This data encourages the use of hemp plants and its role as a supplement in animal diets. Despite the positive effects on the quality of products, transcriptomic data behind the HS supplementation is lacking. Thus, in this study using a high-throughput RNA-sequencing approach, we elucidate the molecular mechanisms, signaling pathways and metabolic processes behind the hemp seed supplementation in sheep.
Influence of HS supplemented diet on whole blood cell count and milk composition
To evaluate the overall health of the lactating ewes fed with a 5% HS supplemented diet, the complete whole blood count was evaluated in the control (CTR, n = 10) and HS group (HSG, n = 10) at the end of the supplementation period (day 30). As shown in Fig. 1, no differences were detected either in total white blood cell counts or in the cell type sub-set (neutrophils, lymphocytes, eosinphils and monocytes), indicating that HS does not have a detrimental effect on either innate and adaptive immune system. We assessed also the influence of HS on milk parameters; while total amount of proteins (including caseins) and lipids were not hanged between CTR and HSG groups, lactose showed a statistically significant increase in HSG (4.69 ± 0.04 vs 4.84 ± 0.03). Finally, the somatic cell counts were measured as a common parameter used for diagnosis of infectious disease and no differences were found between the two groups indicating that HS is not relevant to the mammary gland health status (Fig. 2).
Influence of HS supplemented diet on blood transcriptome
In order to identify the transcriptomic signature in lactating ewes fed with HS supplemented diet, we sequenced the RNA isolated from whole blood collected from animals of both groups (CTR, n = 5; HSG, n = 5). Filtering the expression by false discovery rate (FDR) <0.05 combined with a log2 fold change (log2FC) either higher than 0.5 or lower than −0.5, we identified314 differentially expressed genes (DEGs) (Supplementary Table 1), of which 270 and 44 DEGs were up- and down-regulated, respectively (Supplementary Fig. 1). To identify molecular pathways associated with our data set, we interrogated STRING using the highest available interaction score (0.9) in order to increase stringency and avoid possible uncorrected data interpretation. Up- and down-regulated genes were analyzed separately and no enriched pathways were associated with the down-regulated genes (data not shown). Analyzing the up-regulated genes, in Table 1, we show all the statistically significant enriched pathways; in Supplementary Fig. 2, we show graphically all possible interactions between the up-regulated DEGs and it is possible to appreciate that they mainly clustered in three groups (I, II, and III). The first group includes genes that are shared between oxidative phosphorylation (FDR: 3.05e-19) and thermogenesis (FDR 2.17e-16) pathways; the second group involves gene related to sugar metabolism like Glycolysis/Gluconeogenesis (3.92e-08) and Galactose metabolism (5.72e-06) and more generally to carbon metabolism (5.72e-06); finally, the third group includes genes involved in the protein synthesis and more specifically genes related to the ribosome and protein translation (8.85e-07). Then, we looked for enriched functional GO terms represented in our data set: the significantly enriched biological processes (BP) included genes involved generation of precursor metabolites and energy production (FDR: 3.03e-05), nitrogen compound metabolic process, purine ribonucleoside monophosphate metabolic process, electron transport chain, ATP metabolic process (all significant BP are reported in Supplementary Table 2). In addition, oxidoreductase activity, catalytic activity and NADH dehydrogenase (ubiquinone) activity were the top three enriched molecular functions (MF) GO terms (Supplementary Table 3).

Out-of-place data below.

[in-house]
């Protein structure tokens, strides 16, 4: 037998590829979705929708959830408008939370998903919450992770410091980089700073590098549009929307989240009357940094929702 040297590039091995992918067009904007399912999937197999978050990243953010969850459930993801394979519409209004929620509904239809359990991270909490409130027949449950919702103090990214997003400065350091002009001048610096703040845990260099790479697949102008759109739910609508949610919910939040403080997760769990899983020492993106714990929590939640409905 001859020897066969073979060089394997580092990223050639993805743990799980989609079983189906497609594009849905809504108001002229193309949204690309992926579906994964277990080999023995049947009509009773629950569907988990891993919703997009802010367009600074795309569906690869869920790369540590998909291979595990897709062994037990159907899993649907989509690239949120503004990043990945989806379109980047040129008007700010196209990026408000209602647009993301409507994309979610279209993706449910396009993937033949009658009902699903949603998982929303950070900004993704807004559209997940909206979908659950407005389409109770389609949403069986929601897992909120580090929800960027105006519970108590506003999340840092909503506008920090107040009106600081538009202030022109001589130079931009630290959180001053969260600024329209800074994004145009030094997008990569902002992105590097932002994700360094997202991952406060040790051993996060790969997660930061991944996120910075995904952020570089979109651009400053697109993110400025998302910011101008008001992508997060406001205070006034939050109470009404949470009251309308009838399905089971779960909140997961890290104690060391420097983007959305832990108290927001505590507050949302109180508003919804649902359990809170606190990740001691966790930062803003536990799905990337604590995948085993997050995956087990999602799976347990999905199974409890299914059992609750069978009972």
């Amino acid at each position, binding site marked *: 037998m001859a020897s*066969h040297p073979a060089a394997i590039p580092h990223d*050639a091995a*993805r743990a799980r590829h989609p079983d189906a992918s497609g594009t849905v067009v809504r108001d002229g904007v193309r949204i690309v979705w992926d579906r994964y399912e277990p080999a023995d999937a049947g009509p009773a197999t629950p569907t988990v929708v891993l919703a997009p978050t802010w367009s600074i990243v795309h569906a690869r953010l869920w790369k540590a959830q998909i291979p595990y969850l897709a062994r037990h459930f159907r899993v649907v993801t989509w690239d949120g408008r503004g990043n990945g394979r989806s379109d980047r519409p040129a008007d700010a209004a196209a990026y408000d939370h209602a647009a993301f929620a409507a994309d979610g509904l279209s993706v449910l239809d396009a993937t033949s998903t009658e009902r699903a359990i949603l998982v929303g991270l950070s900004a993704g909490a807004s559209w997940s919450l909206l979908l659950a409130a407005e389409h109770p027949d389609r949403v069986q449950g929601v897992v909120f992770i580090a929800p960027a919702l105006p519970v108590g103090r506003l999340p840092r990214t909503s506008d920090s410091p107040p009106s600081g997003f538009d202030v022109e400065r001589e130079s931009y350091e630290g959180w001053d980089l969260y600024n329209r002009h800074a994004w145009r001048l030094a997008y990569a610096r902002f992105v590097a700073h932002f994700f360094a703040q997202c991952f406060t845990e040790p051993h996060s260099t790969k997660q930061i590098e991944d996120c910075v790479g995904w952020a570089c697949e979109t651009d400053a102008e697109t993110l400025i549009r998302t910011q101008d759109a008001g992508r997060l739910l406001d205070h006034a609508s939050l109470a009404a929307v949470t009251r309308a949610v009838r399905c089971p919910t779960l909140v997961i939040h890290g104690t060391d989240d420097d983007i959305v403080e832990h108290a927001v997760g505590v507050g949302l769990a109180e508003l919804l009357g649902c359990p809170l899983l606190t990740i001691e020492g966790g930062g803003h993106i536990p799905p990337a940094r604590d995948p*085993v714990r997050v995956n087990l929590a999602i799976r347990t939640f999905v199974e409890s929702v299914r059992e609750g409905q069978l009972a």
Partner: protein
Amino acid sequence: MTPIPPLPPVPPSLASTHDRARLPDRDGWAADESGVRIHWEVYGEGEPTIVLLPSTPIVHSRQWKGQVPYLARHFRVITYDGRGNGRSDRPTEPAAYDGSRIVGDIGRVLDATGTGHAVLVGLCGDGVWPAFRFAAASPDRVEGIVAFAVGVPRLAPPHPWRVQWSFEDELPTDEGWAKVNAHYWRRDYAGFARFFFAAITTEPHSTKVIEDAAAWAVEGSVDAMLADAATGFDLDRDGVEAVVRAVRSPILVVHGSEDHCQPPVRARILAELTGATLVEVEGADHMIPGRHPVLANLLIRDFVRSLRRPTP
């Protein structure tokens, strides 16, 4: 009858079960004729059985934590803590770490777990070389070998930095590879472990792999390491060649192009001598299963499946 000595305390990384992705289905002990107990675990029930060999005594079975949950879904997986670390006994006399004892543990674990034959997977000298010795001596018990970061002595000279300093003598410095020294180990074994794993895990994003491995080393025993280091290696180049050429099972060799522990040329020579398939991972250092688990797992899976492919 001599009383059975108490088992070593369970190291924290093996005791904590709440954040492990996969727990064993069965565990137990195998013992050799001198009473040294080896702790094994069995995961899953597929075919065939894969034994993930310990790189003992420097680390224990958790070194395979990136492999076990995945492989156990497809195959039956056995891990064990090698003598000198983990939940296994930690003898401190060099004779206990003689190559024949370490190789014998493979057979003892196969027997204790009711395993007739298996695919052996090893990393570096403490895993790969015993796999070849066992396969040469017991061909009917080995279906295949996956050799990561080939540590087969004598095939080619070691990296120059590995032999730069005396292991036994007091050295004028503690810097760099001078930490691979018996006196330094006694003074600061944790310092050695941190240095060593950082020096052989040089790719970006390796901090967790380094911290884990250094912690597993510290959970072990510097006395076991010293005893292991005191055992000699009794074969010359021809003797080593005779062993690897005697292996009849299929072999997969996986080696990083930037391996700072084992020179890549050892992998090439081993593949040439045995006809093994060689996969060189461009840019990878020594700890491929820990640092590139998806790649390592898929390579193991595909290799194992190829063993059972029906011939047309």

Co-expression network analysis
Because HS supplementation influences milk lactose probably influencing pathways related to sugar metabolism –mainly Glycolysis/Gluconeogenesis and galactose metabolism- we aimed to identify a consensus network connected with the trait of interest. Thus, using the lactose amount of each of the ten samples as trait for the weighted gene-correlation network analysis (WGCNA), 47 different modules were identified (Fig. 3A). Each module had a different number of genes (Supplementary Table 4), ranging from a minimum of 34 (module brown4) to a maximum of 9.591 (module grey). This latter contained all genes with low expression values, and it was discarded from further analysis. All modules were positively or negatively correlated with lactose, with a correlation value ranging from −0.82 (module lightcyan) to 0.64 (module lightgreen) (Fig. 3B and Supplementary Table 4). Among them, two modules (lightgreen and blue), which include 177 and 2467 genes respectively, showed a correlation coefficient higher than 0.45 and a p-value lower than 0.05 (Supplementary Tables 5 and 6). For both modules, we focused on the genes with the highest intramodular connectivity (hub genes, MM >0.7), as these genes may represent points of biological interest in defining our phenotypes. Among those belonging to the lightgreen module, we identified PGM1 (MM = 0,81; p.value = 0.004), which is strongly associated with galactose metabolism. Furthermore, applying the same criteria to the other significantly associated module (blue), we noticed that GALK1 showed a high MM value (MM = 0.99, p.value = 3.25e-08) and it is also involved in lactose metabolism. Interestingly, about 40% (125 of 316) of our DEGs are represented in the blue module confirming the strengths of our experimental analysis.